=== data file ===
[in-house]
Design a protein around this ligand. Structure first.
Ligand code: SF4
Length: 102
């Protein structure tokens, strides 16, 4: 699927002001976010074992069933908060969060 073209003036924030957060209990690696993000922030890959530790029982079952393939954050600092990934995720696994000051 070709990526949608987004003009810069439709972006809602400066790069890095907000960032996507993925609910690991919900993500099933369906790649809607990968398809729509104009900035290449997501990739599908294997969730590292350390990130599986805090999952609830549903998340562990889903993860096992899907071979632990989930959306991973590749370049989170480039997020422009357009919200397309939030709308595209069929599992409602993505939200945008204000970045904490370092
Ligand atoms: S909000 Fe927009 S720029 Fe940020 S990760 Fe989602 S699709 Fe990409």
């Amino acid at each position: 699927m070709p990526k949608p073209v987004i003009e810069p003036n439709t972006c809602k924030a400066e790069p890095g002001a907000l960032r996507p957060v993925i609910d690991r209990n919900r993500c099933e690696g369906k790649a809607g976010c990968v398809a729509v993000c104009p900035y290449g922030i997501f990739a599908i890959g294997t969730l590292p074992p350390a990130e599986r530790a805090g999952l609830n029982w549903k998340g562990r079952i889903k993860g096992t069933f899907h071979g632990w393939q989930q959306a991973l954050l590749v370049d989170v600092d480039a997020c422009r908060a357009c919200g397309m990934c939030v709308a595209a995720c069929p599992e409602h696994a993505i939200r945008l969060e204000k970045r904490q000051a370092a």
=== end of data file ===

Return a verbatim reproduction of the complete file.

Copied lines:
[in-house]
Design a protein around this ligand. Structure first.
Ligand code: SF4
Length: 102
């Protein structure tokens, strides 16, 4: 699927002001976010074992069933908060969060 073209003036924030957060209990690696993000922030890959530790029982079952393939954050600092990934995720696994000051 070709990526949608987004003009810069439709972006809602400066790069890095907000960032996507993925609910690991919900993500099933369906790649809607990968398809729509104009900035290449997501990739599908294997969730590292350390990130599986805090999952609830549903998340562990889903993860096992899907071979632990989930959306991973590749370049989170480039997020422009357009919200397309939030709308595209069929599992409602993505939200945008204000970045904490370092
Ligand atoms: S909000 Fe927009 S720029 Fe940020 S990760 Fe989602 S699709 Fe990409």
């Amino acid at each position: 699927m070709p990526k949608p073209v987004i003009e810069p003036n439709t972006c809602k924030a400066e790069p890095g002001a907000l960032r996507p957060v993925i609910d690991r209990n919900r993500c099933e690696g369906k790649a809607g976010c990968v398809a729509v993000c104009p900035y290449g922030i997501f990739a599908i890959g294997t969730l590292p074992p350390a990130e599986r530790a805090g999952l609830n029982w549903k998340g562990r079952i889903k993860g096992t069933f899907h071979g632990w393939q989930q959306a991973l954050l590749v370049d989170v600092d480039a997020c422009r908060a357009c919200g397309m990934c939030v709308a595209a995720c069929p599992e409602h696994a993505i939200r945008l969060e204000k970045r904490q000051a370092a």